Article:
however, using km s It should be noted that these ages are those of the group members which are passing by the solar neighbourhood at present, and are in general different from the average age defined before and used in Eqs. (13). The ages are found from Eq. (13), using the fact that the coefficients , , are linear in , and replacing by its value in the solar vicinity and by . In this way, and assuming as before , we obtain: * Hyades group: yr * Ursae Majoris group: yr * Pleiades group: yr These are the values to be used in Eqs. (13); however, the former set of - values should be used when comparing to independent age estimates of each moving group in the solar neighbourhood. The distinction is not very important for the two older groups, but can be relevant for the Pleiades, as the difference between both values amounts to over 50 % of the present age of the group. On the other hand, it will be shown in Sect. 3.3 that best-fitting ages based only on stars with are not reliable, due to our neglection of the spiral arm gravitational field which can cause group displacements several hundred parsecs in amplitude. The age adopted for the Hyades group is consistent with the several age determinations listed by Janes & Phelps 1994 for both the Hyades and the Praesepe clusters, both having similar kinematics and age and possibly belonging to the same moving group. The average adopted by Janes & Phelps 1994 suggests that yr is the most likely value; these authors take yr as an average for Praesepe, a value closer to the estimate of Eggen 1993 and Chen et al. 1997 for members of the group at large, i.e., not only cluster members. Nevertheless, other studies (Soderblom et al. 1993, Williams et al. 1994, Balachandran 1995) support the coevality of both clusters. We will therefore adopt yr, for the Hyades moving group, although adopting , yr could also have some observational support. On the other hand, we should notice that, in his study of the Hyades moving group members, Eggen 1992a finds indications of several age groups with ages ranging from yr to yr. There are also large discrepancies as to the age of the Ursae Majoris group. A short review of derived ages is given by Boesgaard et al. 1988. The commonly accepted value is around yr (e.g. Soderblom & Mayor 1993a), but Eggen 1992b finds indications of a large age spread and the existence of groups considerably older than that value. Younger ages, more concordant with the above quoted value, are found by Palous & Hauck 1986, as well as Eggen 1983. Chromospheric activities among G and K members of the group (Soderblom & Mayor 1993b) also support an age around yr. We will adopt the above estimate of , yr in this paper. As for the Pleiades, the only value compatible with our hypothesis about the origin of its moving group and its estimated age is , yr, near the independent age estimate of Chen et al. 1997. Although the age commonly accepted for the Pleiades is yr (Lyngå 1987), this value has been a subject of controversy, given the apparent evidence for a significantly older age of the lower mass stars (Herbig 1962) or a large age spread among very low mass members (Steele et al. 1993). These problems have been recently reassessed: Mazzei & Pigatto 1989 have found an age in excess of yr for the more massive stars using improved evolutionary models, a result confirmed by Meynet et al. 1993. On the other hand, Stauffer et al. 1995 do not find indications of a significant non-coevality among very low mass members. Convincing evidence for a Pleiades age exceeding yr has been recently presented by Basri et al. 1996 based on the lithium test applied to some of the lowest mass members. We conclude that current estimates are well consistent with the kinematic age inferred by us assuming the Pleiades moving cluster to have been formed in a spiral shock. ## 3.2. Model predictionsThe fact that the relationship (13) implies that at well defined values of makes our definition of moving groups equivalent in practice to the classical ones, in the sense that membership criteria can be established on the basis of the similarity of the space velocities, whose direction is determined by the angle . As discussed above, this is a consequence of the correlations among epicyclic elements which appear when the samples analyzed are restricted to a distance of few hundred parsecs from the Sun, such as the one used in this paper. However, our model makes some predictions about the spatial variations of some epicyclic elements that may be checked in the future, when precise velocities are available for more distant stars, thus possibly revealing distant members of the moving groups discussed here. Fig. 3 shows the relation (13) for the different moving groups,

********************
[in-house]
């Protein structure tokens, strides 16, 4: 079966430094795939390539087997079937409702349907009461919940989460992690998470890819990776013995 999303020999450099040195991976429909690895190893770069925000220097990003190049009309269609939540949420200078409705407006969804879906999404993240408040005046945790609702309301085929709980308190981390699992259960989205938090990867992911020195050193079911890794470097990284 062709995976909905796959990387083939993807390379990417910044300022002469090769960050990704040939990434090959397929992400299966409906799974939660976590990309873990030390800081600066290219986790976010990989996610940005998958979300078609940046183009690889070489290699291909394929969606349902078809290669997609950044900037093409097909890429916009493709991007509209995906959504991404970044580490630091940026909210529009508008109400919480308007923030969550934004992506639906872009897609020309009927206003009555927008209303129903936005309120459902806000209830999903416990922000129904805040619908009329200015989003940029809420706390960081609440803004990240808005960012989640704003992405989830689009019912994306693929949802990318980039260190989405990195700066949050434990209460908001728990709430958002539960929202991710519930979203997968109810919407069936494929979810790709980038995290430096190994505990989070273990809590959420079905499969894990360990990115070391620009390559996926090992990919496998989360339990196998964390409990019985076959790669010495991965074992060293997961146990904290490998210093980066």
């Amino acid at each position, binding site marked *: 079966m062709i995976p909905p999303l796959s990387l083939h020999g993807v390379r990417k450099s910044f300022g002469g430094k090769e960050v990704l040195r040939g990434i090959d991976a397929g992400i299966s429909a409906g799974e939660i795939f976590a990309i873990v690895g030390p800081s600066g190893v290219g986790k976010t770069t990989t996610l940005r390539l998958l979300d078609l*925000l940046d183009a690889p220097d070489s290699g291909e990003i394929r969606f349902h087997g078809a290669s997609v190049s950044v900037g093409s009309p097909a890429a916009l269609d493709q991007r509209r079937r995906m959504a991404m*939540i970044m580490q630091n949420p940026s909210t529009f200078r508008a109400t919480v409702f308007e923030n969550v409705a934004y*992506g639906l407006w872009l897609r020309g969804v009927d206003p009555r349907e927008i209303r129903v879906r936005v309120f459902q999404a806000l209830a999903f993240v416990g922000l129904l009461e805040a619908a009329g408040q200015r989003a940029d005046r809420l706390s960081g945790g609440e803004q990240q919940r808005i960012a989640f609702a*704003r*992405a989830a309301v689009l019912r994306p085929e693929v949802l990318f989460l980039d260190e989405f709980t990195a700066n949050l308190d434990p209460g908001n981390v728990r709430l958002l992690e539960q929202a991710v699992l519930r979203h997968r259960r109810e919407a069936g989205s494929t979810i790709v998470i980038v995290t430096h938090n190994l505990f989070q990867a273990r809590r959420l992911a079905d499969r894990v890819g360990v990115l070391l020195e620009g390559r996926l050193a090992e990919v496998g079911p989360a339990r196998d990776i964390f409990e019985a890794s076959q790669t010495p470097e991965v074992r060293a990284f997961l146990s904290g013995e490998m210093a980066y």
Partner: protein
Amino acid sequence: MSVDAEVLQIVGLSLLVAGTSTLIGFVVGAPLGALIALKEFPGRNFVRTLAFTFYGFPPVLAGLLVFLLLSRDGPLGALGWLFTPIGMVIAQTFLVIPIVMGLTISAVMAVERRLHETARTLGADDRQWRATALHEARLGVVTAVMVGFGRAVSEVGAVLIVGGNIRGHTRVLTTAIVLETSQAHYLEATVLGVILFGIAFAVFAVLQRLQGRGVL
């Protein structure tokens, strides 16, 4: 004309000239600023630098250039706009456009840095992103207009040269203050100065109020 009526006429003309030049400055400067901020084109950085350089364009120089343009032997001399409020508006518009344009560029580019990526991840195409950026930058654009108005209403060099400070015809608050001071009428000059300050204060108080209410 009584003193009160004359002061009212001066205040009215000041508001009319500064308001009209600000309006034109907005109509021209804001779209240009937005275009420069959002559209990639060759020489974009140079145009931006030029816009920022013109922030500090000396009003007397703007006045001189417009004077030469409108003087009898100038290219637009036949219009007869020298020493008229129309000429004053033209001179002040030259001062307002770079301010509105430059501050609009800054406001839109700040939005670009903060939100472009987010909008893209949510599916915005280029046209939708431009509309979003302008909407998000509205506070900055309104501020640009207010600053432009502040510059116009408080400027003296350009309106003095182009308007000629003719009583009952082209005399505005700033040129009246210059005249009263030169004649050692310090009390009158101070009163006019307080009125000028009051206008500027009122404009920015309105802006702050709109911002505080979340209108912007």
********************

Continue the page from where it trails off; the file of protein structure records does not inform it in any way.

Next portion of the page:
indicating the variations to be expected with
As can be seen, an extension of the observations out to a distance
of 500 pc or more should clearly reveal our predicted spatial
gradients in , and consequently whether or not